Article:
Shel Silverstein's The Giving Tree has always been a little controversial in terms of being a children's book.
It actually took Silverstein 4 years to get it published. The publishing companies didn't know what to make of it. Many believed the story too sad to sell to kids and too simple to sell to grown-ups.
Shel had turned to Ursula Nordstrom of Harper & Row to finally get the book published. And while the editors felt the story of a tree giving everything she has to a seemingly selfish boy, they printed it anyway; which, as we now know, became a great success. The Giving Tree eventually reached the best-seller list and stayed there for almost ten years.
Definitely, the tree that keeps on giving.
"Once there was a tree… and she loved a little boy. And every day the boy would come and he would gather her leaves and make them into crowns and play king of the forest."
And the story continues with boy climbing her trunk, swinging in her branches, eating her apples and sleeping in her shade.
"And the boy loved the tree… very much. And the tree was happy."
The story follows the boy into manhood as he visits the tree less frequently. But, with every visit the tree wants nothing but to make him happy so she gives him whatever she can: apples to sell, branches to build a house, and even her trunk so the boy (now a man) can build a boat.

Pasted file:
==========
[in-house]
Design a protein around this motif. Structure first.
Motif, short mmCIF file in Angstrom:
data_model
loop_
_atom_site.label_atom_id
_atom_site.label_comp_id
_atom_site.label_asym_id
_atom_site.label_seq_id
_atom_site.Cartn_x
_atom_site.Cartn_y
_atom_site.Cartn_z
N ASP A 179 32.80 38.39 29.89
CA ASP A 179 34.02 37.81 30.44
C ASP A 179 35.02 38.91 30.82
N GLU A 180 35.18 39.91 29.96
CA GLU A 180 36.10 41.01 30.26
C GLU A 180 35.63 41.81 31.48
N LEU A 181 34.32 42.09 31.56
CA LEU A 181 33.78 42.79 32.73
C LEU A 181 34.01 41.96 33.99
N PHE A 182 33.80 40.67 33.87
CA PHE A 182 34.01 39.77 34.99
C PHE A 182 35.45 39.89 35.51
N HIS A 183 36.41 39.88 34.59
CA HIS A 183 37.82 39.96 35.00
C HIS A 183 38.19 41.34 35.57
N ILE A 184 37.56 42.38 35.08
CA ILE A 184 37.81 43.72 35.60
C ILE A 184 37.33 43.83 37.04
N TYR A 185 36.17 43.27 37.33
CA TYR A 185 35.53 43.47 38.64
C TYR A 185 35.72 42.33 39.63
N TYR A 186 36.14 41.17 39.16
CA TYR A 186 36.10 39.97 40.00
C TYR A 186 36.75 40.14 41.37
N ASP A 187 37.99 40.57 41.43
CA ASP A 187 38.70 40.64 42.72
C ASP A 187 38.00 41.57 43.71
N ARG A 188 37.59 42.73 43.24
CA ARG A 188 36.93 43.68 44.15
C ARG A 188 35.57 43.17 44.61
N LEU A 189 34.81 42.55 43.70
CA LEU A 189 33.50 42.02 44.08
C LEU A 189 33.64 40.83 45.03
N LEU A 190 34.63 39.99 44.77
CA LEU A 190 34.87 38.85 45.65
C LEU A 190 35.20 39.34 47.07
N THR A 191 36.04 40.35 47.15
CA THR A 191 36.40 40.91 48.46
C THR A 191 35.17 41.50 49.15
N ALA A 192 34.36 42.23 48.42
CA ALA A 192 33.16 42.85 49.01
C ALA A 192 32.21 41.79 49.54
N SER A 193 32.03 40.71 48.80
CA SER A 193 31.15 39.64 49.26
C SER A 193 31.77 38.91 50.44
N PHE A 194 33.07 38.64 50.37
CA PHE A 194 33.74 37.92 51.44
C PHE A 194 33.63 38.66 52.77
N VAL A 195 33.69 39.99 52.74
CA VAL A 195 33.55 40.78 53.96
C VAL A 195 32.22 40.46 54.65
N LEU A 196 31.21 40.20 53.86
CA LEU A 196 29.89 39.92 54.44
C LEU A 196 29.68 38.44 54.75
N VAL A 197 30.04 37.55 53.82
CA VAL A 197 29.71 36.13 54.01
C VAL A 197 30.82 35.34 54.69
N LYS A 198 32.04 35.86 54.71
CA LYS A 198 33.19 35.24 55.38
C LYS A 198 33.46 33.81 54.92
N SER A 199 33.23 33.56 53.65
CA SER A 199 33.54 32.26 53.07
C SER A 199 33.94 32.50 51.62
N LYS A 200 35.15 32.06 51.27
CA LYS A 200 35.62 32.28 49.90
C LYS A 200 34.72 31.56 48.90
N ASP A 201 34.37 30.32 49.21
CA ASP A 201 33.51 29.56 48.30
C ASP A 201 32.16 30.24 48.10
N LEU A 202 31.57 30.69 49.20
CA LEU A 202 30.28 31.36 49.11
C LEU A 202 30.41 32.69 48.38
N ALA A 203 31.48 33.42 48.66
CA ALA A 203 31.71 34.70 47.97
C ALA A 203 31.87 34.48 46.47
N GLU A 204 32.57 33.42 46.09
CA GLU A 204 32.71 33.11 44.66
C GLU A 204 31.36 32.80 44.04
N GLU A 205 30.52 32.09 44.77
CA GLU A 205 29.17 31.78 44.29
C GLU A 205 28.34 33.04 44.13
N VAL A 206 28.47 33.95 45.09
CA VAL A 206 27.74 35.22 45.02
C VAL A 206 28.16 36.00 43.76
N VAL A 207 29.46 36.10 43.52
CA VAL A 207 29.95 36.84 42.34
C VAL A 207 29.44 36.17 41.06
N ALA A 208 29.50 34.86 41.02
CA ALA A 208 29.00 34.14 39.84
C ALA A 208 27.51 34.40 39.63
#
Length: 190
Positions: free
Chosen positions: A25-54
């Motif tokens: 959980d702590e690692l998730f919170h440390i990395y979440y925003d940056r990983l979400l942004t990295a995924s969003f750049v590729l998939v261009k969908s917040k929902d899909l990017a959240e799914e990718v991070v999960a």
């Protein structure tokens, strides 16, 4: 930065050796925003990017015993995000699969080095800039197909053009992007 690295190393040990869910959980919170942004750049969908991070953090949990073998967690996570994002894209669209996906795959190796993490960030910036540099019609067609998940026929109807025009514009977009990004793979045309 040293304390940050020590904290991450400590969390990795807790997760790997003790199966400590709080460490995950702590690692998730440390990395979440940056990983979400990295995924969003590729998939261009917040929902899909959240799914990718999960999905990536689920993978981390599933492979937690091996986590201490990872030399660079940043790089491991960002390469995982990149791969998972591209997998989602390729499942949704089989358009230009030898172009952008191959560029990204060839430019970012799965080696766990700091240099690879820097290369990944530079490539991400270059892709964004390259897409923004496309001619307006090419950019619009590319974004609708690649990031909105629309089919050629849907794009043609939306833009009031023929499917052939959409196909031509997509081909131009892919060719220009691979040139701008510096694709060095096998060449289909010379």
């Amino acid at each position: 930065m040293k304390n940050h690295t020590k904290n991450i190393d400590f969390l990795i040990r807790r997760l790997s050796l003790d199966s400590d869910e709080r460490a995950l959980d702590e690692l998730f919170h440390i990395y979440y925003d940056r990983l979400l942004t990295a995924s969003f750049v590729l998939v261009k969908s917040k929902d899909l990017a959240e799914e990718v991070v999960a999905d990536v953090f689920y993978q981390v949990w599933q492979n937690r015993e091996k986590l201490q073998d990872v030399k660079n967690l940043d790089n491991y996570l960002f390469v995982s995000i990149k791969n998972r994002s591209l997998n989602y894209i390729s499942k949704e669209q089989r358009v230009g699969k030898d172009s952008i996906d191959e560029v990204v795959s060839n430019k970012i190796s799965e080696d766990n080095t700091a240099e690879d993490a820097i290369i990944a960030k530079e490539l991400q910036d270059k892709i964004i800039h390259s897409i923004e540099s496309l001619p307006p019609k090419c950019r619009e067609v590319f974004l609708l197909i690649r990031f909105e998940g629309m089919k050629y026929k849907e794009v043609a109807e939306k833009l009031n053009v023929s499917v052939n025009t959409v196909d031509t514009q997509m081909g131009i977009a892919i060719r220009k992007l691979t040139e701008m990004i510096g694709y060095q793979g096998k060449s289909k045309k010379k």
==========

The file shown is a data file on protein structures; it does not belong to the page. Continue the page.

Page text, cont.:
And as fate would have it, the boy (now an old man) returns to the tree (now a stump) yet again. Wondering what the tree could possibly have left to give, we find that she does have something the boy (old man) wants:
"Come, Boy, sit down. Sit down and rest. And the boy did. And the tree was happy."
Below is an animated video of The Giving Tree read by Shel Silverstein, himself.
Well there it is - the unusual story of a tree's amazing capacity to give and love without expecting anything in return.